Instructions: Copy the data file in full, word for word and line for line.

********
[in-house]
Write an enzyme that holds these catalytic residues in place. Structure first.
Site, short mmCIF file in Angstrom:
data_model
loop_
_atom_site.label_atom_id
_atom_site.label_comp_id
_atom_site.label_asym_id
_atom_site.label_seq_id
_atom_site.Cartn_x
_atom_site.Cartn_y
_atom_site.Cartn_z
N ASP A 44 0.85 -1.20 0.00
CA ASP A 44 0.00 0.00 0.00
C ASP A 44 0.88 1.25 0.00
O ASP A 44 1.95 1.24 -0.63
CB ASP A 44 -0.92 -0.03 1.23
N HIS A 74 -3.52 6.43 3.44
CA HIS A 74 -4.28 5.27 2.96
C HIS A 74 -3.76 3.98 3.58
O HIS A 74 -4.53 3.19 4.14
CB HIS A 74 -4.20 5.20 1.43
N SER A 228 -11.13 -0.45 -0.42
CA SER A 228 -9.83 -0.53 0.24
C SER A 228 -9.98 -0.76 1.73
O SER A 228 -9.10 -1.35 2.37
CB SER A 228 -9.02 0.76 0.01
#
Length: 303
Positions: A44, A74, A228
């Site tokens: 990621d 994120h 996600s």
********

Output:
[in-house]
Write an enzyme that holds these catalytic residues in place. Structure first.
Site, short mmCIF file in Angstrom:
data_model
loop_
_atom_site.label_atom_id
_atom_site.label_comp_id
_atom_site.label_asym_id
_atom_site.label_seq_id
_atom_site.Cartn_x
_atom_site.Cartn_y
_atom_site.Cartn_z
N ASP A 44 0.85 -1.20 0.00
CA ASP A 44 0.00 0.00 0.00
C ASP A 44 0.88 1.25 0.00
O ASP A 44 1.95 1.24 -0.63
CB ASP A 44 -0.92 -0.03 1.23
N HIS A 74 -3.52 6.43 3.44
CA HIS A 74 -4.28 5.27 2.96
C HIS A 74 -3.76 3.98 3.58
O HIS A 74 -4.53 3.19 4.14
CB HIS A 74 -4.20 5.20 1.43
N SER A 228 -11.13 -0.45 -0.42
CA SER A 228 -9.83 -0.53 0.24
C SER A 228 -9.98 -0.76 1.73
O SER A 228 -9.10 -1.35 2.37
CB SER A 228 -9.02 0.76 0.01
#
Length: 303
Positions: A44, A74, A228
């Site tokens: 990621d 994120h 996600s």